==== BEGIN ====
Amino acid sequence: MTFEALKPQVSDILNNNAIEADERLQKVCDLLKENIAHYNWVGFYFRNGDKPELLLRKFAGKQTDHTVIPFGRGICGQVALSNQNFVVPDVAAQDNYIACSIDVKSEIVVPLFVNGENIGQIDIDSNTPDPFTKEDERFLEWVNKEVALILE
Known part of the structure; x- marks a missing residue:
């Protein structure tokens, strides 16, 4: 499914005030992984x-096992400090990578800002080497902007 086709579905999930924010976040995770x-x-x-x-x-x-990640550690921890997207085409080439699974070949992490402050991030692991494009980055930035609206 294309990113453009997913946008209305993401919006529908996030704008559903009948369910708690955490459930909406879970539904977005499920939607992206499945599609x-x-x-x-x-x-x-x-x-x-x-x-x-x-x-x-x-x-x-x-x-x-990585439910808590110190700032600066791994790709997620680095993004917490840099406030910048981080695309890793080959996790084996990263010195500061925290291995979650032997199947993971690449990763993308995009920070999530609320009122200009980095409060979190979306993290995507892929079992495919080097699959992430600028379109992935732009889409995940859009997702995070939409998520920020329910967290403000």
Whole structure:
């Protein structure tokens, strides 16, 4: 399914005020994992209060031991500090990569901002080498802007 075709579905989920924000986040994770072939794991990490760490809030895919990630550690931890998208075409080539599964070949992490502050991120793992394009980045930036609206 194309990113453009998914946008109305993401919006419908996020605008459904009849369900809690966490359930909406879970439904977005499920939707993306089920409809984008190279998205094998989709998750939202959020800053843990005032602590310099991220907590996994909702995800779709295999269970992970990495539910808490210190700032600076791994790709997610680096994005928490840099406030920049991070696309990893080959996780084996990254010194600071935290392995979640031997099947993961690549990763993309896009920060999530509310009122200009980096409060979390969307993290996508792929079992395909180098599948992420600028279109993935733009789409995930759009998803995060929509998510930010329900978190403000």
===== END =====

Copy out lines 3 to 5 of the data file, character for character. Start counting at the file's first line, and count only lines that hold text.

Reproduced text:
């Protein structure tokens, strides 16, 4: 499914005030992984x-096992400090990578800002080497902007 086709579905999930924010976040995770x-x-x-x-x-x-990640550690921890997207085409080439699974070949992490402050991030692991494009980055930035609206 294309990113453009997913946008209305993401919006529908996030704008559903009948369910708690955490459930909406879970539904977005499920939607992206499945599609x-x-x-x-x-x-x-x-x-x-x-x-x-x-x-x-x-x-x-x-x-x-990585439910808590110190700032600066791994790709997620680095993004917490840099406030910048981080695309890793080959996790084996990263010195500061925290291995979650032997199947993971690449990763993308995009920070999530609320009122200009980095409060979190979306993290995507892929079992495919080097699959992430600028379109992935732009889409995940859009997702995070939409998520920020329910967290403000």
Whole structure:
């Protein structure tokens, strides 16, 4: 399914005020994992209060031991500090990569901002080498802007 075709579905989920924000986040994770072939794991990490760490809030895919990630550690931890998208075409080539599964070949992490502050991120793992394009980045930036609206 194309990113453009998914946008109305993401919006419908996020605008459904009849369900809690966490359930909406879970439904977005499920939707993306089920409809984008190279998205094998989709998750939202959020800053843990005032602590310099991220907590996994909702995800779709295999269970992970990495539910808490210190700032600076791994790709997610680096994005928490840099406030920049991070696309990893080959996780084996990254010194600071935290392995979640031997099947993961690549990763993309896009920060999530509310009122200009980096409060979390969307993290996508792929079992395909180098599948992420600028279109993935733009789409995930759009998803995060929509998510930010329900978190403000």